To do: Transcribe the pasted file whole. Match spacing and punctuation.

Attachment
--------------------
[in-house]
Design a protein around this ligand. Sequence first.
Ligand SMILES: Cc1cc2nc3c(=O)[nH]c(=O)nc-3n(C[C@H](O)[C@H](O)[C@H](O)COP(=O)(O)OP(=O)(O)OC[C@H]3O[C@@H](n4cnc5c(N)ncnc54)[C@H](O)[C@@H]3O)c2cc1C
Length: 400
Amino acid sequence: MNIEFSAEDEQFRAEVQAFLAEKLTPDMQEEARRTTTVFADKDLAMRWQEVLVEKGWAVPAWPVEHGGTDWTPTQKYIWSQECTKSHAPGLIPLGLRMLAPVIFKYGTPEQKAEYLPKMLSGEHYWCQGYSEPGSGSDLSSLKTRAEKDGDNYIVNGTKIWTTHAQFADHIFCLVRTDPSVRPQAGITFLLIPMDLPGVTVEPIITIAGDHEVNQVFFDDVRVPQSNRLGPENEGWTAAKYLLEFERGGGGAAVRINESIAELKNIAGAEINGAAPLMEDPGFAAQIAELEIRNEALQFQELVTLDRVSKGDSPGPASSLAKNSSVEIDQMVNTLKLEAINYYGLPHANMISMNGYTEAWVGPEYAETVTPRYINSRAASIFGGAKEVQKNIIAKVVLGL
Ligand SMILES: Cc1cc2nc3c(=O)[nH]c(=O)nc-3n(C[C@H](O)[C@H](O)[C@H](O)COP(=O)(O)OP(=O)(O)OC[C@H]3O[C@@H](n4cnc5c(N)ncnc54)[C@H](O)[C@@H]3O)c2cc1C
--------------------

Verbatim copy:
[in-house]
Design a protein around this ligand. Sequence first.
Ligand SMILES: Cc1cc2nc3c(=O)[nH]c(=O)nc-3n(C[C@H](O)[C@H](O)[C@H](O)COP(=O)(O)OP(=O)(O)OC[C@H]3O[C@@H](n4cnc5c(N)ncnc54)[C@H](O)[C@@H]3O)c2cc1C
Length: 400
Amino acid sequence: MNIEFSAEDEQFRAEVQAFLAEKLTPDMQEEARRTTTVFADKDLAMRWQEVLVEKGWAVPAWPVEHGGTDWTPTQKYIWSQECTKSHAPGLIPLGLRMLAPVIFKYGTPEQKAEYLPKMLSGEHYWCQGYSEPGSGSDLSSLKTRAEKDGDNYIVNGTKIWTTHAQFADHIFCLVRTDPSVRPQAGITFLLIPMDLPGVTVEPIITIAGDHEVNQVFFDDVRVPQSNRLGPENEGWTAAKYLLEFERGGGGAAVRINESIAELKNIAGAEINGAAPLMEDPGFAAQIAELEIRNEALQFQELVTLDRVSKGDSPGPASSLAKNSSVEIDQMVNTLKLEAINYYGLPHANMISMNGYTEAWVGPEYAETVTPRYINSRAASIFGGAKEVQKNIIAKVVLGL
Ligand SMILES: Cc1cc2nc3c(=O)[nH]c(=O)nc-3n(C[C@H](O)[C@H](O)[C@H](O)COP(=O)(O)OP(=O)(O)OC[C@H]3O[C@@H](n4cnc5c(N)ncnc54)[C@H](O)[C@@H]3O)c2cc1C